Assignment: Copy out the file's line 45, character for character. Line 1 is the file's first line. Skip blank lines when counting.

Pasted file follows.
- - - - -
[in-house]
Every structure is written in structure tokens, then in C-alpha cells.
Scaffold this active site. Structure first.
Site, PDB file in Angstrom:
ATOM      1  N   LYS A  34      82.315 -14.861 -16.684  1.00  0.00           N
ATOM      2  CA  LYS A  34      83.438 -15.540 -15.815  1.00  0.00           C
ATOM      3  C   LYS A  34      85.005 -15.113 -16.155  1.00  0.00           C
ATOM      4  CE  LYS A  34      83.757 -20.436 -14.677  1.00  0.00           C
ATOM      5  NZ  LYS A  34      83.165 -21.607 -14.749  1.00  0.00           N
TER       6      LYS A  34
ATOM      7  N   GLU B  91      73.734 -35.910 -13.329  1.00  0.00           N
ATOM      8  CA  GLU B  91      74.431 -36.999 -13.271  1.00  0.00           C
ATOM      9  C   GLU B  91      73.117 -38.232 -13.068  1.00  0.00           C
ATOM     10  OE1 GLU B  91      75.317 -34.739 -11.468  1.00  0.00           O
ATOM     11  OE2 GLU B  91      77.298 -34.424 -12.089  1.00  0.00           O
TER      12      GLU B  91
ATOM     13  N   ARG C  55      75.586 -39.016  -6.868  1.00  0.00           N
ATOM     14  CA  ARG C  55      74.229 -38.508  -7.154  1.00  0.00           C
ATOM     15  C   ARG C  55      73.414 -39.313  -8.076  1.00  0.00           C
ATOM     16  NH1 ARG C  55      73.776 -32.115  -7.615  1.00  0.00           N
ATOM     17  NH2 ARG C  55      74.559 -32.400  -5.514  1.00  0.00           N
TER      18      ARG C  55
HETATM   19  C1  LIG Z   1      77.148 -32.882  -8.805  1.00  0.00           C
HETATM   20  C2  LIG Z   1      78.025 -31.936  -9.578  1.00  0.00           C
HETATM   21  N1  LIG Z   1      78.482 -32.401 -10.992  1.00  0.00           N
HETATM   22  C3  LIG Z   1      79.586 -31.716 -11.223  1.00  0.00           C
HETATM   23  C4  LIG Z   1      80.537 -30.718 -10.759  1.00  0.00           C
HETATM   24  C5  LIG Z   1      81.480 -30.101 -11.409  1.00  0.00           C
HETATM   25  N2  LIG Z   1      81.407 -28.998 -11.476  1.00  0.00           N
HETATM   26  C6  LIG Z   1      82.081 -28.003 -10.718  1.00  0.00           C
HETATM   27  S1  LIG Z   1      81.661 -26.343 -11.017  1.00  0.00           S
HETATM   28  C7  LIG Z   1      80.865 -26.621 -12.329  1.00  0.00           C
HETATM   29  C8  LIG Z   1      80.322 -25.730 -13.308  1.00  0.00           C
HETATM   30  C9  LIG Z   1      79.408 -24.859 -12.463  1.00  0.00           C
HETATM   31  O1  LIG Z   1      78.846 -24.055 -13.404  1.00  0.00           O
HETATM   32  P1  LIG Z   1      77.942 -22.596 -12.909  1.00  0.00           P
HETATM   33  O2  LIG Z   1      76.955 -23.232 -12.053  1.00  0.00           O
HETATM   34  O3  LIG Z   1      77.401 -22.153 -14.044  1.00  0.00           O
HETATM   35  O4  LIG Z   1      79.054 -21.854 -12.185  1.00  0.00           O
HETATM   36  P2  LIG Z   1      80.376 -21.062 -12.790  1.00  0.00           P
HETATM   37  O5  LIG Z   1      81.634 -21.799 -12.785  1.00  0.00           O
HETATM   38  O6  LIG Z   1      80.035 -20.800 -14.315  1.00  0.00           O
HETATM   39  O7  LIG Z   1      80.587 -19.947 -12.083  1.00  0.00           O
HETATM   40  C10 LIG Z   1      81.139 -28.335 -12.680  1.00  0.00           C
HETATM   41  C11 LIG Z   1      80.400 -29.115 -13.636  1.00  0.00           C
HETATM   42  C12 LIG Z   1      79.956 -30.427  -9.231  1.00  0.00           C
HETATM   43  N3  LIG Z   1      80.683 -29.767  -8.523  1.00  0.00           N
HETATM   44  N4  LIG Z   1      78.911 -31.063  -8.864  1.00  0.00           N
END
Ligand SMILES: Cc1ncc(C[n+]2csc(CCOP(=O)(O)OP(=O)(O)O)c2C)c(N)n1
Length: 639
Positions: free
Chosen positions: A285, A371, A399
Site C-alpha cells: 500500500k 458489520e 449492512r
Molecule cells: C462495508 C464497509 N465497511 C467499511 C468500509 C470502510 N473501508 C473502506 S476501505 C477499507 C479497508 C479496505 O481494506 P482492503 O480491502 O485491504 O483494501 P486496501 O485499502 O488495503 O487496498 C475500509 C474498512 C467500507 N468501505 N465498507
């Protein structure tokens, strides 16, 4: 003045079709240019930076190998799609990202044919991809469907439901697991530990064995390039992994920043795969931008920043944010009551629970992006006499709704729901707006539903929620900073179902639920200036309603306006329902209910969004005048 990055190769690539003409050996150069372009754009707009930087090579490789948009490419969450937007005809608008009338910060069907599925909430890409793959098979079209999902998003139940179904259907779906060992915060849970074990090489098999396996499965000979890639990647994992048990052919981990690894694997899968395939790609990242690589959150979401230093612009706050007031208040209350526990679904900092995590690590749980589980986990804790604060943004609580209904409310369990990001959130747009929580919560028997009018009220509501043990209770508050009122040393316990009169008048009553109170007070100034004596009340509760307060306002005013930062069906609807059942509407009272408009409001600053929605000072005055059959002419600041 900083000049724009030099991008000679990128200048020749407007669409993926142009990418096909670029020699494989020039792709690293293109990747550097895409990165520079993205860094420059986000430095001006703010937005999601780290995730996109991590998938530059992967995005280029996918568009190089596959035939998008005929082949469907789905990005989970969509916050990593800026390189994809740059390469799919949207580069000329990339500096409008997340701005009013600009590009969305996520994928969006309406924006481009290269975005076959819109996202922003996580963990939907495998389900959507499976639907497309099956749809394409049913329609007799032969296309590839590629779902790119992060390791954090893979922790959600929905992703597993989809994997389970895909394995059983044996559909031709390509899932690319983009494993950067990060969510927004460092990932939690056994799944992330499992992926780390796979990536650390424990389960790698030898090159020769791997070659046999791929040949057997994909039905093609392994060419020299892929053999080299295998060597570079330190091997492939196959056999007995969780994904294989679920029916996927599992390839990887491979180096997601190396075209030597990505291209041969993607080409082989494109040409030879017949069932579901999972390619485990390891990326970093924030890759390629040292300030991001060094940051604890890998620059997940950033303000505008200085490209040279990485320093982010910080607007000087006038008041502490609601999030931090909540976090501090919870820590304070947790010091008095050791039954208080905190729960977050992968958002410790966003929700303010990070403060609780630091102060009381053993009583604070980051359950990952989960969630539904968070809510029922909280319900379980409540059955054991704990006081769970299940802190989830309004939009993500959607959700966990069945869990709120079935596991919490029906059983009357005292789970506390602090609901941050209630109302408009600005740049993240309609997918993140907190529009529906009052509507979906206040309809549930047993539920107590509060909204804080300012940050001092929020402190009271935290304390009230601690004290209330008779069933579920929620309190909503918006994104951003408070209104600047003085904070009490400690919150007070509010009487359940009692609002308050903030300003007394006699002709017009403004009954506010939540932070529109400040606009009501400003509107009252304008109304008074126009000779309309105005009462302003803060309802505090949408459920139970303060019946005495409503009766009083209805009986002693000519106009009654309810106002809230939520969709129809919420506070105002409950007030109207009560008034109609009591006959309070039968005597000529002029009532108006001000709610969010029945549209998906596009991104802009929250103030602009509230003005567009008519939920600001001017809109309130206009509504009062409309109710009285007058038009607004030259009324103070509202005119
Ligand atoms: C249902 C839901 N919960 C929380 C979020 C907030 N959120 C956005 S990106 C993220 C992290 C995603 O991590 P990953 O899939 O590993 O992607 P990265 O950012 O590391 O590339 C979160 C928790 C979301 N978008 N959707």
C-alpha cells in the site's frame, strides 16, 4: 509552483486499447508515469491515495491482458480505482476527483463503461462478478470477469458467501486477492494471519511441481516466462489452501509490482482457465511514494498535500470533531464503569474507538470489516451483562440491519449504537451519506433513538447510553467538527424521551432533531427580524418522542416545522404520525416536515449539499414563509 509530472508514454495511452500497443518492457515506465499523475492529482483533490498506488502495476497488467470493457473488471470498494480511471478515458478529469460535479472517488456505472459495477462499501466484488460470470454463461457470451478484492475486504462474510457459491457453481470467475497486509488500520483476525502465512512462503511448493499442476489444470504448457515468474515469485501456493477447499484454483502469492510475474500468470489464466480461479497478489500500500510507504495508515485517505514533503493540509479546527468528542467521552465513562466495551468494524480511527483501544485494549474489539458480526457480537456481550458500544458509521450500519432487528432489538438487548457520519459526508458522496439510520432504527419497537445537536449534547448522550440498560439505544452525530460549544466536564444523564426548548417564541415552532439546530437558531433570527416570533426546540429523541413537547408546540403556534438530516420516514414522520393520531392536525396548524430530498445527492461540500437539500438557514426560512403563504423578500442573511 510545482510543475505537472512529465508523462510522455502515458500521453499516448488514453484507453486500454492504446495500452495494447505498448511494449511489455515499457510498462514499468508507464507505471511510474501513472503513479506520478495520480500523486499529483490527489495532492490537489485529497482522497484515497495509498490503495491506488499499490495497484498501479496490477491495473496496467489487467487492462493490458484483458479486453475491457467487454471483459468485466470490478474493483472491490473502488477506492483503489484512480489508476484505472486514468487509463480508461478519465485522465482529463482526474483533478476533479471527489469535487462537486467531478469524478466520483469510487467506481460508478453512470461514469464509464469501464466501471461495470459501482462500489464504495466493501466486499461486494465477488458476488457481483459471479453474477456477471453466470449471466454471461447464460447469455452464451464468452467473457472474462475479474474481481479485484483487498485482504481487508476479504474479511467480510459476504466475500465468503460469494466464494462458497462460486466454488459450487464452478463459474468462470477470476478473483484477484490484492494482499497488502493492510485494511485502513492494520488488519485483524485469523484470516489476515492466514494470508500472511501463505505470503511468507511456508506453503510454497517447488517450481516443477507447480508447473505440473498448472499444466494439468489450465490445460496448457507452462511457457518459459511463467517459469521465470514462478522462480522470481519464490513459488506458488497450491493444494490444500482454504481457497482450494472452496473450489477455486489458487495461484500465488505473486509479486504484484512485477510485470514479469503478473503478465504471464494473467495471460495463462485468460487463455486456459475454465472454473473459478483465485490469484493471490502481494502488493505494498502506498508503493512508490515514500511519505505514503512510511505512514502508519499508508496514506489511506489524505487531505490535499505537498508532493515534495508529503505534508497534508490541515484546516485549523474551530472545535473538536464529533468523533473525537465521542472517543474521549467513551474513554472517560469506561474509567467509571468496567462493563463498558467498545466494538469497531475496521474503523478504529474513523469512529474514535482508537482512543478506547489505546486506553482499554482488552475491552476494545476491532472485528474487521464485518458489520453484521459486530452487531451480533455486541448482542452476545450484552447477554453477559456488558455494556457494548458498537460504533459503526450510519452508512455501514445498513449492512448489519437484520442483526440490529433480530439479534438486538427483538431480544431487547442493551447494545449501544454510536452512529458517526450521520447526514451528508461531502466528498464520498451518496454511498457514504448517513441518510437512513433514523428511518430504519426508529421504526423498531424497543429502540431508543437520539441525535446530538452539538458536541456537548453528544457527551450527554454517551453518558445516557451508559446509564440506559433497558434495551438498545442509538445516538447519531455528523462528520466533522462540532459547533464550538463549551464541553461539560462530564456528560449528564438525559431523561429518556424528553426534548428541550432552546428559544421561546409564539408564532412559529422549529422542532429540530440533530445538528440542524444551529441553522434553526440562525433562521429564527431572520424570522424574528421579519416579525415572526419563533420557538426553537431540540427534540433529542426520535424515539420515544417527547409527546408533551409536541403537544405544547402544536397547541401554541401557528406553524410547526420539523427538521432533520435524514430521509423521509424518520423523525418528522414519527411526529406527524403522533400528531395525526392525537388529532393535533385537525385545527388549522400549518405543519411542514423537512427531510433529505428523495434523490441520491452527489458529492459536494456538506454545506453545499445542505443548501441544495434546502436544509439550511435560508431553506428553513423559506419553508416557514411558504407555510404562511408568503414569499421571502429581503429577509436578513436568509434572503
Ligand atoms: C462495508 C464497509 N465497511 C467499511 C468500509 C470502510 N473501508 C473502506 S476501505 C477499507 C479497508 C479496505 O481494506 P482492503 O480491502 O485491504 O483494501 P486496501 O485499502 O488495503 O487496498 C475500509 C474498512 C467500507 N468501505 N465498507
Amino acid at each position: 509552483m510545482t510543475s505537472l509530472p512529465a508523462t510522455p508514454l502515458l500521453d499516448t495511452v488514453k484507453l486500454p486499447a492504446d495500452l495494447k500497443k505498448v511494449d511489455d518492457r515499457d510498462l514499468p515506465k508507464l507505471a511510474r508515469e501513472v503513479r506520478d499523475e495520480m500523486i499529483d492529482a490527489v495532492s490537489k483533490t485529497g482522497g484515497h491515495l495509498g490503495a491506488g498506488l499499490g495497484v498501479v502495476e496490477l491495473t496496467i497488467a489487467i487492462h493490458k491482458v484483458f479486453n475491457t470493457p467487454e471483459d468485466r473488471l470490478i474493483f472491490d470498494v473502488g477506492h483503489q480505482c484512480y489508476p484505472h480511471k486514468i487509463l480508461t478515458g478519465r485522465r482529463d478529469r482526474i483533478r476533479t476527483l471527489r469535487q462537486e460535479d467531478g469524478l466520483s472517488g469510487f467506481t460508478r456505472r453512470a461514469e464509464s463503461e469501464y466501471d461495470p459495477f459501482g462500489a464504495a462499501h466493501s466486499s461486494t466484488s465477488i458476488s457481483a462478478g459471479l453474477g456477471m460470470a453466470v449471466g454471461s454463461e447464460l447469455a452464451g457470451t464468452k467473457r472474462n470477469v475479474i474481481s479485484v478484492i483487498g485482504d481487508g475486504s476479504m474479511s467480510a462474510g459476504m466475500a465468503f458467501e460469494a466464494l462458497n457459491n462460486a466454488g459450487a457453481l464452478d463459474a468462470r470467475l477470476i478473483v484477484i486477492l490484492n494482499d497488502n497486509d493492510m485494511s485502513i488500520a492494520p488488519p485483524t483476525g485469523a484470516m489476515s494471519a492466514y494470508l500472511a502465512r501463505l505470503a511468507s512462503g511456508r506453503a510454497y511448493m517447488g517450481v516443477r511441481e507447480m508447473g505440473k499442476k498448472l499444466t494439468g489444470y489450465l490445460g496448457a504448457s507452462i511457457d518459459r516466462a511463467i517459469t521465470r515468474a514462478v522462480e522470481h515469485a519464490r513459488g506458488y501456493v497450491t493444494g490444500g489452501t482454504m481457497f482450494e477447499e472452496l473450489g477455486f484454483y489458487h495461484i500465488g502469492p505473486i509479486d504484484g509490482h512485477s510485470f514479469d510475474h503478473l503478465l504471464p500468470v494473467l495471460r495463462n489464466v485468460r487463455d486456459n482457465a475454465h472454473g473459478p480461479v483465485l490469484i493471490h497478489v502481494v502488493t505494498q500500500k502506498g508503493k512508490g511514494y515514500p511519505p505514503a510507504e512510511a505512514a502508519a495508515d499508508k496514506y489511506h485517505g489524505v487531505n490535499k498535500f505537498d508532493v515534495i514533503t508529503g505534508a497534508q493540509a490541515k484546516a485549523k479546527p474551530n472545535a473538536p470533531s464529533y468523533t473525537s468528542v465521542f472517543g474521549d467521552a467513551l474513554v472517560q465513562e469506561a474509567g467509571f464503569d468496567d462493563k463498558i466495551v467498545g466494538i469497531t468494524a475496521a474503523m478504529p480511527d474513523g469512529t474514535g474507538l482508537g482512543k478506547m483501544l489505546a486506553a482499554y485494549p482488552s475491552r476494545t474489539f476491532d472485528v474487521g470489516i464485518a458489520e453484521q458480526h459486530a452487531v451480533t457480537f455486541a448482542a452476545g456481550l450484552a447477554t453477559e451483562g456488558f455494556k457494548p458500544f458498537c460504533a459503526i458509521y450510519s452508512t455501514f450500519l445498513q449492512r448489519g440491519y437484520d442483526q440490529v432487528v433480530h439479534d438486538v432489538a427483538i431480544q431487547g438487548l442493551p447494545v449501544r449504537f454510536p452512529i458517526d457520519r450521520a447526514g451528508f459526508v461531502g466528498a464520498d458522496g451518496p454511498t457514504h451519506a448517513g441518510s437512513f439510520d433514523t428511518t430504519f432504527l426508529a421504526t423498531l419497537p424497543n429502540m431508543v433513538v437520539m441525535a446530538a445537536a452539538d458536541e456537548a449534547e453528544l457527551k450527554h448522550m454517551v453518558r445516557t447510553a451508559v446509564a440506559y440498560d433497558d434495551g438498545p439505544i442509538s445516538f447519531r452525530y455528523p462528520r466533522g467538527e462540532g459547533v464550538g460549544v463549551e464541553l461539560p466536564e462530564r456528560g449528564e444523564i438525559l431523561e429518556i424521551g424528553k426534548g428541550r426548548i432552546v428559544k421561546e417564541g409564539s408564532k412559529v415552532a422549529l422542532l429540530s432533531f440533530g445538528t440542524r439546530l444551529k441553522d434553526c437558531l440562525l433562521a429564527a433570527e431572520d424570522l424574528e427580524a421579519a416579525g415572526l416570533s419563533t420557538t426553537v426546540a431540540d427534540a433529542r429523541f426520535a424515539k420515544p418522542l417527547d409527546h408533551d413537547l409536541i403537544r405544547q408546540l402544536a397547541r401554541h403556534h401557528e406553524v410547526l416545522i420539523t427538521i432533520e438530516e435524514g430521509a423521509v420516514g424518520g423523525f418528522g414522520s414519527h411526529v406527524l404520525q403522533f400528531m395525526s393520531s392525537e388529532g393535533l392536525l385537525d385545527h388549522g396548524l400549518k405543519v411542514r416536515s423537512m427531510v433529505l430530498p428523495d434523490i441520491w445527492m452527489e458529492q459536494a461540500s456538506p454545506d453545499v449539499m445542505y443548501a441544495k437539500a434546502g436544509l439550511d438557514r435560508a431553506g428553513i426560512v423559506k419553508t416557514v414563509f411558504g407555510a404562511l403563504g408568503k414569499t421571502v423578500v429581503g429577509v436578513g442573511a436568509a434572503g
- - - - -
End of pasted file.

HETATM   41  C11 LIG Z   1      80.400 -29.115 -13.636  1.00  0.00           C